Sprint unveiled a new 4-line Family Share Plan mobile package featuring 10GB of shared data for $100 a month for new customers who switch to Sprint from another carrier.
The plan, which also includes unlimited talk and text and eliminates per-line access charges forever on the first four lines, is available starting July 31, the company announced. As part of the deal, Sprint will also pay off existing wireless contracts and old phones for new customers to help them make the transition to Sprint. The company has not announced the ending date for the promotion but said it is a limited-time offer.
New customers can also choose Sprint's 40GB shared data plan for an additional $20 a month if the 10GB monthly package isn't enough for families, giving them four times the data for an extra $20.
"Family members have differing data needs: music downloads, emails, movies," Kevin Crull, chief marketing officer for Sprint, said in a statement. "You have to supply the right amount of data to keep everyone under the same roof satisfied, deliver it at a price that works with the family budget, and offer to refill data affordably if the family runs low."
Sprint's latest Family Share Plan arrives just in time to take on T-Mobile's recent offer earlier in July that provides T-Mobile customers with unlimited talk and text as well as 10GB of data for each family member for $120 per month, according to an earlier eWEEK report. T-Mobile's special offer is available through Labor Day, Sept. 7.
In June, Sprint unveiled another new mobile phone plan, called All-In, which gives customers one monthly $80 price for a smartphone as well as unlimited text, talk and high-speed data, all for one fee that includes everything but taxes and fees. The All-In phone plans are meant to provide clearer pricing for consumers who have to price their smartphone payments, data plans and basic monthly mobile service plans individually, which makes it harder to figure total costs in a straight-forward manner, according to Sprint. The new mobile plan is notable because it includes unlimited high-speed data, which is hard to find from major carriers nowadays.
Under the All-In plans, consumers pay $20 a month to lease a smartphone, plus $60 a month for unlimited text, talk and high-speed data while on the Sprint network. Customers also must pay a one-time $36 activation fee for their new phone. Customers can choose from an Apple iPhone 6 or a Samsung Galaxy S6 smartphone. Monthly phone payments can vary slightly, depending on the phone that is chosen. A basic 16GB iPhone 6 and the 32GB Samsung Galaxy S6 are $20 per month, while a 64GB iPhone 6 or Galaxy S6 are $25 each per month, which would make the All-In monthly price $85. A 128GB iPhone 6 or Galaxy S6 would be $30 per month, which would make the All-In price $90 per month.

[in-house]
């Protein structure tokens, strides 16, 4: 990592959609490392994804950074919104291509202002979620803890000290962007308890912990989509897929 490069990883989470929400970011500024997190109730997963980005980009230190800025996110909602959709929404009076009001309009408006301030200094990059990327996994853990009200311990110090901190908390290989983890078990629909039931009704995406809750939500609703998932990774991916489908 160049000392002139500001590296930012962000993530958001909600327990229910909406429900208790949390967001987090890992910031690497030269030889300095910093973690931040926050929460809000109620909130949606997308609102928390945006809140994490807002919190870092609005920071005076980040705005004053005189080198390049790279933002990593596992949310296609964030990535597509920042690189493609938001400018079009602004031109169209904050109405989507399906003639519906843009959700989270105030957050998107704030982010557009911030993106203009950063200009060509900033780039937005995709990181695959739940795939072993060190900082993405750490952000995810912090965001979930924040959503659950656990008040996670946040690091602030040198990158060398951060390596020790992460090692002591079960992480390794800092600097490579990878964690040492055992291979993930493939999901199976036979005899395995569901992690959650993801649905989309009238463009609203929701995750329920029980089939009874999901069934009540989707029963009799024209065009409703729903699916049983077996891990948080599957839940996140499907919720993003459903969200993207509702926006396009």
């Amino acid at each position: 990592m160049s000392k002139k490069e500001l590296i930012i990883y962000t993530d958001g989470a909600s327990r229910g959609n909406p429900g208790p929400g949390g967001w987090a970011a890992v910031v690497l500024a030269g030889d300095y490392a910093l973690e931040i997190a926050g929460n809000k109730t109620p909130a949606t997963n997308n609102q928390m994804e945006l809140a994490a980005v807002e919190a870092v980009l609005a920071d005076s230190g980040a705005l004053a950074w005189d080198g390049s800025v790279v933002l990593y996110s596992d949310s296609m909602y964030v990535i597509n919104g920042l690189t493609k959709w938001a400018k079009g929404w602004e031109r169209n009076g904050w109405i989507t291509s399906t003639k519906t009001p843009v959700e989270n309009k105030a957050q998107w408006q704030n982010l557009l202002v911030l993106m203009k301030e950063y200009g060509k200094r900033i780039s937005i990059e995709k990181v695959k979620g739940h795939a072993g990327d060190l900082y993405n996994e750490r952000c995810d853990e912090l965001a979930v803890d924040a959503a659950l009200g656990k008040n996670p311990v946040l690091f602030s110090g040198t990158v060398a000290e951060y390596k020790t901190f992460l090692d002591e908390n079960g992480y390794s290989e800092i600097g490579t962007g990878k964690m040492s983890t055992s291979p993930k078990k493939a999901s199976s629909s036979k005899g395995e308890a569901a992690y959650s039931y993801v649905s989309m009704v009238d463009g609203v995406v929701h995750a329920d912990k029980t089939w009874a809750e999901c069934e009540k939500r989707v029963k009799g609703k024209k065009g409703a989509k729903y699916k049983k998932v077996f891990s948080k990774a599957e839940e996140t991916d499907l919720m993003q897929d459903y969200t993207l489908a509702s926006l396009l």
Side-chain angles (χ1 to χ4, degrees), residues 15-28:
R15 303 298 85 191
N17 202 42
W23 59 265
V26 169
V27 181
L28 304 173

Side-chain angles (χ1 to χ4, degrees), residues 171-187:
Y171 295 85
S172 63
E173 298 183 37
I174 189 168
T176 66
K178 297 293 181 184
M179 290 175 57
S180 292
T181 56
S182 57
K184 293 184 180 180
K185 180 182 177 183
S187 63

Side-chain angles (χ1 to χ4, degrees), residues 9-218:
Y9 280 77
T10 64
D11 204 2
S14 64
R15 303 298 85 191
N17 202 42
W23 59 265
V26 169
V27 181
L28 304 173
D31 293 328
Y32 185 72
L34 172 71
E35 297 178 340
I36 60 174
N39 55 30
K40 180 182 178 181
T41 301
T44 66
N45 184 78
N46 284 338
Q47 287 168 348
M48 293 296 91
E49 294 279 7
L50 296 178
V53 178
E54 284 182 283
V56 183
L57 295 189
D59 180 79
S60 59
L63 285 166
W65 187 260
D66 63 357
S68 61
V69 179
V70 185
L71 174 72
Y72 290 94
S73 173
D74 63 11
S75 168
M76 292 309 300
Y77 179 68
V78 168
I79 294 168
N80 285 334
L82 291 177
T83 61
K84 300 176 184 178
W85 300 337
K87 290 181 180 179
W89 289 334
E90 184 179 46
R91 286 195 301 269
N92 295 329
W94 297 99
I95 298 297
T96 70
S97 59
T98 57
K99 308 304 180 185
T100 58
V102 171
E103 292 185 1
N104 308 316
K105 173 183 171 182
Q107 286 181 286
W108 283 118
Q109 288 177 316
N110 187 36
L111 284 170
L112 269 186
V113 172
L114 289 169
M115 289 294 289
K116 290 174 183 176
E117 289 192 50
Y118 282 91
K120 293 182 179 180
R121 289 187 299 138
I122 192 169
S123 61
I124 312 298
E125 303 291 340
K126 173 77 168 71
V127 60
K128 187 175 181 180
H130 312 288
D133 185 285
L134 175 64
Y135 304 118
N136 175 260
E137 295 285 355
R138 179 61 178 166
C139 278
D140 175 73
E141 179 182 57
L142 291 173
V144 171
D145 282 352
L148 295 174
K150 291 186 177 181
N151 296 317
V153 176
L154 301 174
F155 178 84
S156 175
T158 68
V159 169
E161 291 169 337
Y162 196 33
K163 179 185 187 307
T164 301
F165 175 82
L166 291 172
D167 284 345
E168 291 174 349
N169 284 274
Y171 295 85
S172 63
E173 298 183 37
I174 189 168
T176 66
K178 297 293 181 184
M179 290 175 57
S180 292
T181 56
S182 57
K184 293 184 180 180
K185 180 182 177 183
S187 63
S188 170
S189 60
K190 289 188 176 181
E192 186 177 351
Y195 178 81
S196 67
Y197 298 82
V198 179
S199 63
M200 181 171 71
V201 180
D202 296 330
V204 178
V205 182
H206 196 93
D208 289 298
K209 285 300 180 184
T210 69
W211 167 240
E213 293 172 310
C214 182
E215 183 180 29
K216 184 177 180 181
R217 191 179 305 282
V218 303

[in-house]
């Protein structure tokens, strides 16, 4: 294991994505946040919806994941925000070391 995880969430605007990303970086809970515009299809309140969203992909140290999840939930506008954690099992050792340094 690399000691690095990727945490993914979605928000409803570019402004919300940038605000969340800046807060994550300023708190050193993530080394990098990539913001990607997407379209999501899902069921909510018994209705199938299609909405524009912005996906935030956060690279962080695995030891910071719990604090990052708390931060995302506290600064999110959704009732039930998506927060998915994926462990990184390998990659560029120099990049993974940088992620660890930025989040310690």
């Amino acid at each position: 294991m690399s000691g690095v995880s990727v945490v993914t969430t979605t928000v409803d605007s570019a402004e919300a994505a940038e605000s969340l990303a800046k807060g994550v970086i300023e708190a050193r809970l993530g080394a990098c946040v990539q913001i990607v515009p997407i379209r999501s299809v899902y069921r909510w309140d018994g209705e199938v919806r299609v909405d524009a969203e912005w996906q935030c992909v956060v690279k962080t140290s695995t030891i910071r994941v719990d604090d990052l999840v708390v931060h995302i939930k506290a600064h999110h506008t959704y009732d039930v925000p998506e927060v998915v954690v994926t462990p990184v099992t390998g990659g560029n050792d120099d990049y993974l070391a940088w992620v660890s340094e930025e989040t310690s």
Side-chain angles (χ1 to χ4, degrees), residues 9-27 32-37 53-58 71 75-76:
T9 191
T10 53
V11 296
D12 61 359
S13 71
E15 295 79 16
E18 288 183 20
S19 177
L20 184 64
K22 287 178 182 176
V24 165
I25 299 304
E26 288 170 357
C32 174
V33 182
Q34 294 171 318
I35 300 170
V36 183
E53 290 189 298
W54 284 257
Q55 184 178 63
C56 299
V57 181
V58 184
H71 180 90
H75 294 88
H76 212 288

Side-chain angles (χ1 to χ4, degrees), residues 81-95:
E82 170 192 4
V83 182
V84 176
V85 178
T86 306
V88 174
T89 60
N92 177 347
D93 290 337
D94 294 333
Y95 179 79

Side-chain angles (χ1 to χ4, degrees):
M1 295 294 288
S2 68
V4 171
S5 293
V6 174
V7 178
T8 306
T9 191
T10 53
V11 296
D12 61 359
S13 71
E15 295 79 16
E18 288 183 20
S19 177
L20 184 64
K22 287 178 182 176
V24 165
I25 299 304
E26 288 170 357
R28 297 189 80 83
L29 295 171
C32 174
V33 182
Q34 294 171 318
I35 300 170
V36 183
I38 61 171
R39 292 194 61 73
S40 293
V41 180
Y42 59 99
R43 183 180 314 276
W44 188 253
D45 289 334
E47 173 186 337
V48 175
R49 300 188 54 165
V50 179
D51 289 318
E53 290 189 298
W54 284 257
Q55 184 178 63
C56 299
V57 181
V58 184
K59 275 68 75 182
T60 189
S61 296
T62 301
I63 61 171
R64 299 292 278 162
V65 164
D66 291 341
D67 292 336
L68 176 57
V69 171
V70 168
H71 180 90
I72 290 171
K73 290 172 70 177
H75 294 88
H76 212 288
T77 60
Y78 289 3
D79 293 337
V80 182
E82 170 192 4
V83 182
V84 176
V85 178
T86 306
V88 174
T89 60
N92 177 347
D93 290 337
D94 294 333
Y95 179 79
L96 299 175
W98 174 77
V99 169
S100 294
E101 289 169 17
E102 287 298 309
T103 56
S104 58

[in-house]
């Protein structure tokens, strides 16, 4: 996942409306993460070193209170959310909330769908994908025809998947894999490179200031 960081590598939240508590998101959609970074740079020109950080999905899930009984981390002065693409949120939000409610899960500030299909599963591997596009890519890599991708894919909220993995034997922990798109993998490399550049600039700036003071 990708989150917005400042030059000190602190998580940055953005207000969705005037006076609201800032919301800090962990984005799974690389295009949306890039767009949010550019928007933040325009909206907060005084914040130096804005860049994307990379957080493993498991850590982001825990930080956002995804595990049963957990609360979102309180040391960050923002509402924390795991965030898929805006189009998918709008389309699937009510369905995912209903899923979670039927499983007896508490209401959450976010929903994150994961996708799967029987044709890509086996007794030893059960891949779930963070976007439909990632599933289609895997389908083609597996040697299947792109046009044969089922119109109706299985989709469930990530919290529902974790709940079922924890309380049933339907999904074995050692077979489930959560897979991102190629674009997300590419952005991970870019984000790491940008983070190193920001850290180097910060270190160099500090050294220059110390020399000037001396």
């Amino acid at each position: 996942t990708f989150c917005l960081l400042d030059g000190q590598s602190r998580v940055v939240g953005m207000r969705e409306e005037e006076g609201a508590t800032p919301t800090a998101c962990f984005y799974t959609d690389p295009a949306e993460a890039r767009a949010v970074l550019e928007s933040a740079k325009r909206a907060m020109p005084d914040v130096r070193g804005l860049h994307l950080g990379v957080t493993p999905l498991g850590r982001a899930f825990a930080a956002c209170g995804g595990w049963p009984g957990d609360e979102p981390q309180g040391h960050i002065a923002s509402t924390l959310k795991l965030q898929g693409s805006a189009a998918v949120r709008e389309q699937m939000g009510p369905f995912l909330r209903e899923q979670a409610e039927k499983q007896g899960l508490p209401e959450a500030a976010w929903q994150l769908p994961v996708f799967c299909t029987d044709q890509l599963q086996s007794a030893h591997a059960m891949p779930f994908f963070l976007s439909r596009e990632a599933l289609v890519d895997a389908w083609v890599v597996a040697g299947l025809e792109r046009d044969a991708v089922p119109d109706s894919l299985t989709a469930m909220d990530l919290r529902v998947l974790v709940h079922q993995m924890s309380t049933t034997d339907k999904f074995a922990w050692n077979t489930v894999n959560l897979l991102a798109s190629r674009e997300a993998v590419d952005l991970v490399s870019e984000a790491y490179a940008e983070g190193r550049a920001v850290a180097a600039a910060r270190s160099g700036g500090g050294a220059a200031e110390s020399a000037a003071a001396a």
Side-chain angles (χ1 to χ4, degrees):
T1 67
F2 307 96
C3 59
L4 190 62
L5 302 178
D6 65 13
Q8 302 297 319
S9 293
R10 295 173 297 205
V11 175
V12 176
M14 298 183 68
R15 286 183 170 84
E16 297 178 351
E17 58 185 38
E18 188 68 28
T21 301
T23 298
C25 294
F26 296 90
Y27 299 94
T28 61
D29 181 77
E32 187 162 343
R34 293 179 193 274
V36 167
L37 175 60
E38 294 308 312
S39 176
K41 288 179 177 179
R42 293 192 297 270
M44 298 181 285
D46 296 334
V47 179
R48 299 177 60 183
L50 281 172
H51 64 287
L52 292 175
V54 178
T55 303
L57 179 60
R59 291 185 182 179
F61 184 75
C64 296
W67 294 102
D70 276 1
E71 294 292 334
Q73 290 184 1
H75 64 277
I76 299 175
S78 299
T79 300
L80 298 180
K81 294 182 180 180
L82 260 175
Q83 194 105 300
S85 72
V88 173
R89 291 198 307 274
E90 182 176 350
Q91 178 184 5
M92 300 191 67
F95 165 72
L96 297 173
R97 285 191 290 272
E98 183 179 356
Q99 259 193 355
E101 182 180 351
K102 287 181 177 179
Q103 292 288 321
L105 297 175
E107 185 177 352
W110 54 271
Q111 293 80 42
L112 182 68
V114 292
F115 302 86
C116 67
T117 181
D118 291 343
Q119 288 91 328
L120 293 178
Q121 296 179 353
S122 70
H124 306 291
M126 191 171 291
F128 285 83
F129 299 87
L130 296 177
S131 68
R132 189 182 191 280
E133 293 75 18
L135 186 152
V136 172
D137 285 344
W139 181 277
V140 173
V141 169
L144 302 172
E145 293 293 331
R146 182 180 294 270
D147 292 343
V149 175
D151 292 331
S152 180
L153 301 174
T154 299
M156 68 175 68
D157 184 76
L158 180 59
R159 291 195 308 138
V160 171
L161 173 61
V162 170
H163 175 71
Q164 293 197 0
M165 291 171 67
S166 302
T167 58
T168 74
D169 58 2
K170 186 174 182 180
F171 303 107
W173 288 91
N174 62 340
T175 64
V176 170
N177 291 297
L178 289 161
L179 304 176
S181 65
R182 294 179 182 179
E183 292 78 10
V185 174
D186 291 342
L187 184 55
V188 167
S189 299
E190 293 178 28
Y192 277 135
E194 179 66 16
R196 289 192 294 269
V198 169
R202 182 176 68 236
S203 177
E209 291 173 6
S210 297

All phones under the All-In plans are available under Sprint leases, which provide 24 monthly payments and let users get a new device every 24 months.
Sprint, the nation's third-largest mobile carrier behind Verizon Wireless and AT&T, often promotes new phone plans as it battles with its competitors to lure new customers with more data and lower monthly service rates.
In February, Sprint unveiled a $90 monthly Family Share Pack with 12GB of shared data for up to 10 lines of service, according to an earlier eWEEK report. That promotion also waived the plan's $15 monthly mobile access fees for one year for new customers who ported their mobile numbers from another carrier. The 12GB shared data package also included unlimited talk and text for up to 10 lines.
Earlier in February, Verizon announced a special deal to give a free 1GB monthly data boost to customers who have 1GB to 3GB More Everything mobile plans, or to provide a $10-per-month price drop if they keep their current data package. Customers had to contact Verizon to ask for the free data boosts, which were not automatic.
AT&T and T-Mobile moved recently to offer rollover data features that allow their customers to keep unused data and roll it over for future use. In December, T-Mobile unveiled its "data stash" program, which lets customers keep any unused data in their monthly data plans and roll it over for future use, giving customers more control and fuller potential use of the data allocations that they pay for each month. AT&T is only allowing rollovers into the following month.
The rollover data offers followed a special half-price promotion launched by Sprint in December 2014. Under that deal, Sprint's "Cut Your Bill in Half Event" sliced existing Verizon or AT&T wireless bills in half for customers who move their service over to Sprint's network. The deal also matched a customer's data plan caps at half their existing rates for new customers who make the service transfer. The Sprint half-price offer was not extended to T-Mobile customers, which is intriguing because Sprint tried and failed to acquire T-Mobile earlier in 2014.